Sydney-based industrial designer Robert Rulli takes pleasure and inspiration in the detail of modern life.
A series of shared stories on the trials of moving house inspired Robert Rulli to create his Embrace flatware and BRTCHA cutlery sets. “Friends and I would talk about how some of our existing appliances wouldn’t fit through the front door, or how plates wouldn’t fit into a new dishwasher,” says the Sydney-based industrial designer. “This opened up an ongoing topic of discussion on how modern metropolitan lifestyles seem to be shrinking, but no one wants to compromise on their lifestyles.
“I started developing my design for a dining set that retained the illusion of a normal dinner set, but actually had a smaller footprint for storage.”
Rulli’s Embrace flatware does just that.The plates stack snugly on top of one another thanks to a gentle indent in the design, and a flat edge on the table side of the plates allows them to pack away neatly onto a shelf. Practical, yes, but the design is also engaging, entertaining and intimate – all the hallmarks of a great dinner party.
The idea behind Rulli’s BRTCHA cutlery was equally pragmatic. “I noticed there is often confusion on how to set a table – on which side does the fork go? Where does the entree knife sit?” he says. “So I introduced the idea of a cutlery set that could communicate its proper position relative to other items with the simple use of overlapping features.”
A contemporary and innovative approach to everyday design, the BRTCHA Flatware and Embrace Dinnerware earned Rulli a finalist spot in the Craft & Object Design category of this year’s Qantas Spirit Of Youth Awards and a coveted spot in Workshopped’s 2011 exhibition. Currently in the process of launching his own brand, the accolades are well timed and well deserved.
“It’s very hard to do something innovative and exciting with homewares, so it’s nice to hear how positive the feedback has been,” he says.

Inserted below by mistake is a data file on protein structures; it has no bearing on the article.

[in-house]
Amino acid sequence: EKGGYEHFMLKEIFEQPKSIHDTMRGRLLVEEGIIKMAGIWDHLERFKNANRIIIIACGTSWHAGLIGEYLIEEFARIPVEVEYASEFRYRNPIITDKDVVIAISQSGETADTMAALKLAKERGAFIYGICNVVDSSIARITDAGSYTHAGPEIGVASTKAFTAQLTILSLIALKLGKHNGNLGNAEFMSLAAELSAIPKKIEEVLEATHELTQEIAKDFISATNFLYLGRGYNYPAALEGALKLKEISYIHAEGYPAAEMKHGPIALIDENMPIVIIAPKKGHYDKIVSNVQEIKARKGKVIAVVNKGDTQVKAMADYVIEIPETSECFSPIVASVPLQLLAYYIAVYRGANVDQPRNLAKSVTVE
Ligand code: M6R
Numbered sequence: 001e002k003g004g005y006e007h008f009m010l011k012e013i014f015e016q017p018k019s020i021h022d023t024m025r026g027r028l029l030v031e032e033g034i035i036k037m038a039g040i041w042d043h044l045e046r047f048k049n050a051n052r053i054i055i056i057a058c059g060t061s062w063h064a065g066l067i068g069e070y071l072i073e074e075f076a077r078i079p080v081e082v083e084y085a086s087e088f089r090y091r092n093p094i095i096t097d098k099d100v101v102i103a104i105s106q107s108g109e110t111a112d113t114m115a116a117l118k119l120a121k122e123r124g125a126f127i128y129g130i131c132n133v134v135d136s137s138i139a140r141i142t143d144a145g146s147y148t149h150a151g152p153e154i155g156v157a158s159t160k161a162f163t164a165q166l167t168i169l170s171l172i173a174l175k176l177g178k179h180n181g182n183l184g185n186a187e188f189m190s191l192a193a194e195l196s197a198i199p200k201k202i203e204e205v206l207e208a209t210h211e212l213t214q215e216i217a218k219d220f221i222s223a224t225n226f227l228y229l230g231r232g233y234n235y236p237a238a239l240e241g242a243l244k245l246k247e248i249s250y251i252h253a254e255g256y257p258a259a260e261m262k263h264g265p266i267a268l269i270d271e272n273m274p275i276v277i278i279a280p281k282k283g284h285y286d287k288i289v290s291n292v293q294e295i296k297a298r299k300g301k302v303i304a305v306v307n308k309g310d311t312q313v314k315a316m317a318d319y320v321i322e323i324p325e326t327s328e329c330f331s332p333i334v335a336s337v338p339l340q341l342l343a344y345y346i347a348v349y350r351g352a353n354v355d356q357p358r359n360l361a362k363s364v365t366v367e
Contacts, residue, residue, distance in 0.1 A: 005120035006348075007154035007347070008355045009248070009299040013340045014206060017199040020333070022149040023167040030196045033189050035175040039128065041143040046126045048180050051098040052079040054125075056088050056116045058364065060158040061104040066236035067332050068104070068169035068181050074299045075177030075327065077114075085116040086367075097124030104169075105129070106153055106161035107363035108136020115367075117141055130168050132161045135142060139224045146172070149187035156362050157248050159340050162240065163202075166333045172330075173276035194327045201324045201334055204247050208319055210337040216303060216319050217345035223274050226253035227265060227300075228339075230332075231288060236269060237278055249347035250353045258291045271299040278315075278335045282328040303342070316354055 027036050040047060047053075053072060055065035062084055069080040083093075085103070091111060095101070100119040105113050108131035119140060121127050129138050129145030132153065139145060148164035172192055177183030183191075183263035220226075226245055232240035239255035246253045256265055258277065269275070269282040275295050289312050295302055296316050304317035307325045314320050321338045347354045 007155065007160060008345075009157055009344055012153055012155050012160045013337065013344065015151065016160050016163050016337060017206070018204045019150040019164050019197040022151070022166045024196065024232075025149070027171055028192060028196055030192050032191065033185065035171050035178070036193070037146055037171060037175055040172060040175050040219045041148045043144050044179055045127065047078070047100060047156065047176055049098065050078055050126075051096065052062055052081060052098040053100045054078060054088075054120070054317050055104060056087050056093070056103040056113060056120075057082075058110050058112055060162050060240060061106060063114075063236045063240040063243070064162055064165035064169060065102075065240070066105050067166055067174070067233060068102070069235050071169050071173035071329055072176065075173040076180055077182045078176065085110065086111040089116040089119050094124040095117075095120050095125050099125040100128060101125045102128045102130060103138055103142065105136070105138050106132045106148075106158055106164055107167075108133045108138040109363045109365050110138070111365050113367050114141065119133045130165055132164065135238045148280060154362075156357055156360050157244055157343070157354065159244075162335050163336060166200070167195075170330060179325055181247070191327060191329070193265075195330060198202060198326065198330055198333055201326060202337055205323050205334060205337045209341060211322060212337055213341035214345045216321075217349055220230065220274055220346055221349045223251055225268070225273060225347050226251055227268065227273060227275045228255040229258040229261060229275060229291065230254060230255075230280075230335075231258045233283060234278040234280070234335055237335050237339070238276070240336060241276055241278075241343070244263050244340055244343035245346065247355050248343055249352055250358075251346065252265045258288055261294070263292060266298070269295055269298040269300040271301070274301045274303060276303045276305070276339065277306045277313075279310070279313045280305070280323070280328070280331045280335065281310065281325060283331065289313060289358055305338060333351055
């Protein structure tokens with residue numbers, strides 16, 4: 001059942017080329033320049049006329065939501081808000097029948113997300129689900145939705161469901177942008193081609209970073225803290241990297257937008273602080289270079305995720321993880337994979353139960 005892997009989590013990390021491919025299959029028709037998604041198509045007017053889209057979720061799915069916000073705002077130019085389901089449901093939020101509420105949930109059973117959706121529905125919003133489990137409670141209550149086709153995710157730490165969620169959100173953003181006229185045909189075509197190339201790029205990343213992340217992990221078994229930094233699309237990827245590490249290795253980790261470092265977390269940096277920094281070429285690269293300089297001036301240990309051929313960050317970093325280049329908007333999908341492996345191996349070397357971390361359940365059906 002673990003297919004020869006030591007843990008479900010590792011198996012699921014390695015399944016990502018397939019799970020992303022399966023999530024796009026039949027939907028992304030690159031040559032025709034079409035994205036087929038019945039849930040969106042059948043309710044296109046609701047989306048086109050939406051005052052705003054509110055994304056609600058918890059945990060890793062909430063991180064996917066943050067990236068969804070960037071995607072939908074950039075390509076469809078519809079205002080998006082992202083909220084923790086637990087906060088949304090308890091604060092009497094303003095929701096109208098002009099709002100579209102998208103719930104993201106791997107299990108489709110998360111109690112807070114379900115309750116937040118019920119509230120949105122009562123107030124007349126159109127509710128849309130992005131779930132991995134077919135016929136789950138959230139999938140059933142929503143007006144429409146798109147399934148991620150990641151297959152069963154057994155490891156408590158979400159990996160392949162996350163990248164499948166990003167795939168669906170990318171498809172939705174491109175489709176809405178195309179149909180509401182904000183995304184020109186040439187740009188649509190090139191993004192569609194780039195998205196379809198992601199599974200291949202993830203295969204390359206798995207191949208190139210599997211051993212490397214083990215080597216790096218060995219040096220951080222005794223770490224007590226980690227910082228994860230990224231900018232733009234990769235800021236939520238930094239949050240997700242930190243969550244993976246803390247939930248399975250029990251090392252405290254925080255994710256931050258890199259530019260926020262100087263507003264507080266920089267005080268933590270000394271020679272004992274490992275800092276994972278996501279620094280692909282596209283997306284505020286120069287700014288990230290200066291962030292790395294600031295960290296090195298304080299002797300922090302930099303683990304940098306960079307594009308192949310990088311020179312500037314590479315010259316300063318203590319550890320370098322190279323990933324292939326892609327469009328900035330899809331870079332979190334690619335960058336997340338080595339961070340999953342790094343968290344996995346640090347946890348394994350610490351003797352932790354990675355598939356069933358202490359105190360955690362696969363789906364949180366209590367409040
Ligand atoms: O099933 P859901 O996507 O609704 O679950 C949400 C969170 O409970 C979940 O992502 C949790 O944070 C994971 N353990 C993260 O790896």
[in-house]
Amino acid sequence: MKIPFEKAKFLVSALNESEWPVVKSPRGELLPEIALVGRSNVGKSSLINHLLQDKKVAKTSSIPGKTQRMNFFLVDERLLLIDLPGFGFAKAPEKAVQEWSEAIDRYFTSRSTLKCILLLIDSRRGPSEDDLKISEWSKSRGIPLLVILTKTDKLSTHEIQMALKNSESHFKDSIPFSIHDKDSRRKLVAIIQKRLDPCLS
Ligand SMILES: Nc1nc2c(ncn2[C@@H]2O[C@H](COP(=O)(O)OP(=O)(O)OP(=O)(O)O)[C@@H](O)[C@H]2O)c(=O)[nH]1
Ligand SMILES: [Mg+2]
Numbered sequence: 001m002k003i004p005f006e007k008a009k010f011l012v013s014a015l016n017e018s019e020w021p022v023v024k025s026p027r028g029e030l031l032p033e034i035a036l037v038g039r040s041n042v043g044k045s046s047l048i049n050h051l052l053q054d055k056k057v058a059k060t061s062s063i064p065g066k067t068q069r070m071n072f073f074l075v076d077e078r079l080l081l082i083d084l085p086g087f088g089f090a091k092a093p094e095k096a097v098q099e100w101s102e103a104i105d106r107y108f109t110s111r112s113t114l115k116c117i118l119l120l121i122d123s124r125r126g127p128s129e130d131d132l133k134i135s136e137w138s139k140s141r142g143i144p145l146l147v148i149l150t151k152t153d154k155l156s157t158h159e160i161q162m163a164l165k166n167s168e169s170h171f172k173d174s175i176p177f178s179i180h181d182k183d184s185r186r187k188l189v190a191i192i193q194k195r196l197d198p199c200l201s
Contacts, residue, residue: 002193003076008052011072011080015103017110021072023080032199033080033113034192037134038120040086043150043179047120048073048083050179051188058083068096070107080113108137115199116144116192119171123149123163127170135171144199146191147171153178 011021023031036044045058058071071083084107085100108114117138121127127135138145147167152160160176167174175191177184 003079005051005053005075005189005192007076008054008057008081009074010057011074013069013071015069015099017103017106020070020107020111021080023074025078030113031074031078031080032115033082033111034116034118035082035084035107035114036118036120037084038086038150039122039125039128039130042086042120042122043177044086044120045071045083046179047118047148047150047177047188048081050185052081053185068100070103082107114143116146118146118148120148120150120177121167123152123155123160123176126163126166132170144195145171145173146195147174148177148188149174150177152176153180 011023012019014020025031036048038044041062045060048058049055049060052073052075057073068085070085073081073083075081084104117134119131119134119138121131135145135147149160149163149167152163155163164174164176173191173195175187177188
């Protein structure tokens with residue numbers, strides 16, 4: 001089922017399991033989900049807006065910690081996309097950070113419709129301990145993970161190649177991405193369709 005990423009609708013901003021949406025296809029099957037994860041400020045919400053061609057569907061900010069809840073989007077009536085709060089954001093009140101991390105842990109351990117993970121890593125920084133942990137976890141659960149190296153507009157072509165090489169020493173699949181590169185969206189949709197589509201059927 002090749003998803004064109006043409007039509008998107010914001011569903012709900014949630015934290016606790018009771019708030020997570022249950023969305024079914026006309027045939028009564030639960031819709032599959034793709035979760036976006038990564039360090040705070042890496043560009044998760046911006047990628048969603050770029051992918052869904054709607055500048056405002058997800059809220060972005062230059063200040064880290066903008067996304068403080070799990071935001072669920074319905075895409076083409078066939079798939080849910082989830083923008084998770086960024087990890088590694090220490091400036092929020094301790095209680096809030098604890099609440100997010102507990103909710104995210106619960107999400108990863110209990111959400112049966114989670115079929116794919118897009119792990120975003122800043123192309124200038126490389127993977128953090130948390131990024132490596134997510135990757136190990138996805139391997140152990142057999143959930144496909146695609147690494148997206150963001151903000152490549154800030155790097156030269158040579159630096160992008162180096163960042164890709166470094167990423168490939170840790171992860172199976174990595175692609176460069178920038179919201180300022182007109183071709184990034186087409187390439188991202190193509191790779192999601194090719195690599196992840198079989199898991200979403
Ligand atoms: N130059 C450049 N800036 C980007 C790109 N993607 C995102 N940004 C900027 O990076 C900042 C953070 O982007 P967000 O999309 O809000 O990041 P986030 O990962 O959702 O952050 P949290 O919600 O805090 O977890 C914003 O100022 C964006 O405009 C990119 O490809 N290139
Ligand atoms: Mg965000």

Design has been a passion of Rulli’s from a young age. An early fascination with Matchbox cars and Lego (and the precise drawings in the assembly booklets) led to the discovery of 3D CAD renderings in high school. “In my final year my Design & Technology teacher gave me a design magazine that featured the Dyson DC01 vacuum,” he recalls. “This was the point that crystallised in my mind to pursue industrial design.”
Rulliwent on to study Industrial Design at the University of Technology Sydney, graduating with first class honours in 2005.
Cars are still an influence, as is modern Italian design. Luxury car design firm Pininfarina,“are probably the most revered in my mind,” says Rulli. “They are responsible for some of my favourite dream cars growing up, yet have evolved and undertaken a variety of design projects across many creative disciplines.”
A strong belief in balance and proportion – specifically the golden ratio – also colour Rulli’s work. He takes great delight in the details, believing this is what sets design apart and encourages people to engage and interact with everyday items like his Embrace and BRTCHA series.
“It’s the extra details on products that enhance the user’s experience,” he explains. “It offers us an insight to the principles of the company behind the product, and what they value above their competitors. Design is what sets the difference in a competitive market and has an important role to play in challenging the status quo.”
Rulli himself is constantly challenging and pushing the boundaries. “I never accept my first idea,” he says. “I know from experience that there is always a better way to do things. It’s important to question yourself and seek out as much detail as possible.”